To save you from a potentially disastrous moment on stage, we advise against using receivers and transmitters from different manufacturers that aren’t designed to work together.
Wireless systems are not a one-size-fits-all. Even if you manage to pull it off, you still might experience dead spots, distortion, or low fidelity through your IEMs. If a belt pack fails and you're forced to use a receiver offered by the venue, you’re taking a chance on your monitoring. Bringing backup equipment is the best solution.
Poor Maintenance of IEMs
Get in the habit of cleaning your IEMs after every use to lessen the buildup of wax and debris. If left dirty, IEMs can push debris further into the ear canal or collect bacteria that may lead to inner ear infections. You might also experience compromised fidelity from your IEMs if the wax or debris blocks audio from passing through your ear canals. Developing a cleaning routine will give you the best results.
Storing IEMs safely is equally important. To remove your IEMs safely, carefully hold them by the ends and twist. Always store your IEMs in a protective case, and avoid extremes in temperature and humidity to prevent long-term damage.
Using IEMs and Wireless Systems Internationally
Using a wireless system on an international tour has its own set of challenges to consider before you head abroad. For an international tour, be aware of the different regulations on specific broadcast frequencies.
A Brief Explanation of RF Regulations
Radio waves take up a limited space that is divided by frequency bands. Every country has its own regulations regarding which frequencies you’re legally allowed to broadcast.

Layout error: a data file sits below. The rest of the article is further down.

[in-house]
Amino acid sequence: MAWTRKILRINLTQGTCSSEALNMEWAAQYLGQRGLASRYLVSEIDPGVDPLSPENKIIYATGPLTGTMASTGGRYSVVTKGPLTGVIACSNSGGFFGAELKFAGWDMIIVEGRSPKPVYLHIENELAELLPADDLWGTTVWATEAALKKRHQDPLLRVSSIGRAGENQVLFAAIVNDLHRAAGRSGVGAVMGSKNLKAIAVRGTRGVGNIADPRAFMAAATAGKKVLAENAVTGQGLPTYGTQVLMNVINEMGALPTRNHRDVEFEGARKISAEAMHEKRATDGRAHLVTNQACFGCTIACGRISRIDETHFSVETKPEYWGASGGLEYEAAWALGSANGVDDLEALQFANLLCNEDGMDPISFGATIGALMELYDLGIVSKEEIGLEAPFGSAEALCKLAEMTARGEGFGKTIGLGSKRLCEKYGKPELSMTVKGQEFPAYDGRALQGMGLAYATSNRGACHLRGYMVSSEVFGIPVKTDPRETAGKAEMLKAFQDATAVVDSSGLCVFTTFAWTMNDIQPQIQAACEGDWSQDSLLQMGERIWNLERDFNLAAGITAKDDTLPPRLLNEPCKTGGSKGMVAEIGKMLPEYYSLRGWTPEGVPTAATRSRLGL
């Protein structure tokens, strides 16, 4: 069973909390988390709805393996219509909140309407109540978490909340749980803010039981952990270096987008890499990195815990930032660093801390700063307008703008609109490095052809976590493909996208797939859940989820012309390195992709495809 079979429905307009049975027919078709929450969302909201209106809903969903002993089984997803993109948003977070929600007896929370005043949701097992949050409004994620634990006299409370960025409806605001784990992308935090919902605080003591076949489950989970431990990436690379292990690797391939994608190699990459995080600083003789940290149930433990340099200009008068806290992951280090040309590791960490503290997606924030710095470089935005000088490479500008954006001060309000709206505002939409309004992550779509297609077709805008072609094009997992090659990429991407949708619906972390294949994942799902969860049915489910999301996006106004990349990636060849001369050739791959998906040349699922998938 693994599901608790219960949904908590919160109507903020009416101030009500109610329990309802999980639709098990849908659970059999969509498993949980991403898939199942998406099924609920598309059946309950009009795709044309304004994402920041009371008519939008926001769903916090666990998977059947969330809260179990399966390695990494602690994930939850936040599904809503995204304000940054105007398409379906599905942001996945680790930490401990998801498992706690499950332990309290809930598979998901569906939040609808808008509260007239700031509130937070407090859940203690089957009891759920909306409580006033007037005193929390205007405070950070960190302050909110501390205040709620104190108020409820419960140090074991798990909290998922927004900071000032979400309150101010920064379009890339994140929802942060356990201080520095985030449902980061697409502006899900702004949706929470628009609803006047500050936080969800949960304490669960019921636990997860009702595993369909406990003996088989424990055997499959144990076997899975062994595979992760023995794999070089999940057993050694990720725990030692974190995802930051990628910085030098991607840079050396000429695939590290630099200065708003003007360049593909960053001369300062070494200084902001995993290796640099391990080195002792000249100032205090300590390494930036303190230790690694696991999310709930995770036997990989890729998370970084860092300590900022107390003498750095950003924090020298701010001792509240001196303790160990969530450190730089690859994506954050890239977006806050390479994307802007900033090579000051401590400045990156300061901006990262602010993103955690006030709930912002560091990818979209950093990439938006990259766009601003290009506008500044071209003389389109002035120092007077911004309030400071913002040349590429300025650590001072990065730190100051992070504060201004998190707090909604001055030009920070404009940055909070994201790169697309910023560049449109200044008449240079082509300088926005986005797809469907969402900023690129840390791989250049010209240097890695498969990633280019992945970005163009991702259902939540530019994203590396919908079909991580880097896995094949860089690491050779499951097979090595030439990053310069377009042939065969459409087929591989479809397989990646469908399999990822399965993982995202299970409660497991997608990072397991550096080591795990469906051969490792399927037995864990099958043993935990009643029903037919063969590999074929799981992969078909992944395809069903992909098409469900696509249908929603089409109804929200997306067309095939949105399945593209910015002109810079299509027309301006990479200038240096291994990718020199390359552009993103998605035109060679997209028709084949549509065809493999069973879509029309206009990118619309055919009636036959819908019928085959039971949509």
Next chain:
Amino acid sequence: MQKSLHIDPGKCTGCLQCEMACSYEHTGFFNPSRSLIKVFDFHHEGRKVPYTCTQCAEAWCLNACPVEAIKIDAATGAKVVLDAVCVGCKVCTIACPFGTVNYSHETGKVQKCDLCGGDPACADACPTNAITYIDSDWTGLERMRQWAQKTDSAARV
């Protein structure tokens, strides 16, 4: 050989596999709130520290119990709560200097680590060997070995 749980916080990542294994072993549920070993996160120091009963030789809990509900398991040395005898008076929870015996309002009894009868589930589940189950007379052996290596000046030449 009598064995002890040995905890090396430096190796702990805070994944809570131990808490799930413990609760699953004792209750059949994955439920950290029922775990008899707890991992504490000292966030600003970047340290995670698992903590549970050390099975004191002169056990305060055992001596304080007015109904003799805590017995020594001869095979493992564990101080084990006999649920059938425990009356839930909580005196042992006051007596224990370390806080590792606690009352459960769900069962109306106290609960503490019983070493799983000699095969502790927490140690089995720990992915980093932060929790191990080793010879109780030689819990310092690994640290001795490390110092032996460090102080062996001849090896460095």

The United States prohibits the use and sale of wireless equipment that operates on 600MHz service band frequencies, whereas Germany reserves the 900MHz service band for ambulances, police, and firemen. Some areas, like the United Kingdom, assign special licenses to broadcast over exempt frequencies for a limited time.
So, what happens if you ignore these regulations? Depending on the country, the authorities can shut down your show and send all your fans home without batting an eye, and you can end up with major fines or jail time.
Research RF Compliance Laws
Clearly, this can be a huge problem to navigate if your band is touring internationally, but it’s nothing to be afraid of. With a little research and planning, you can take your wireless monitoring system abroad without trouble.
While you’re gearing up for your international tour, take a look at your show dates and research the frequency bans in every location. Study the specs of your wireless system to figure out which countries you’ll be able to legally use it in.
If a particular country requires a license, look into the application process to get one and be mindful of its duration. When in doubt, don’t guess. You may want to ask your promoter or your venue for help—no one should know better than them which systems work best in their country.
Rent or Purchase a Different Wireless System
There’s a chance that you can’t legally use your current system abroad. Fortunately, all you need to do is purchase belt pack receivers and wireless transmitters that are meant to operate over legal frequencies. Renting wireless equipment is also an option for bands who don’t want to go through the hassle of purchasing an entire system.
You should also consider touring abroad with backup IEMs just in case something comes up. We highly recommend knocking out this prep work far in advance—you don’t want to scramble for gear at the last minute.
Get Ready to Tour!
Touring with IEMs is simpler than ever! IEMs are the perfect companion for closely monitoring your sound on stage. Gather your gear to begin touring with an immersive experience you can always rely on.
Ready to get started? Shop UE PRO for industry-standard IEMs.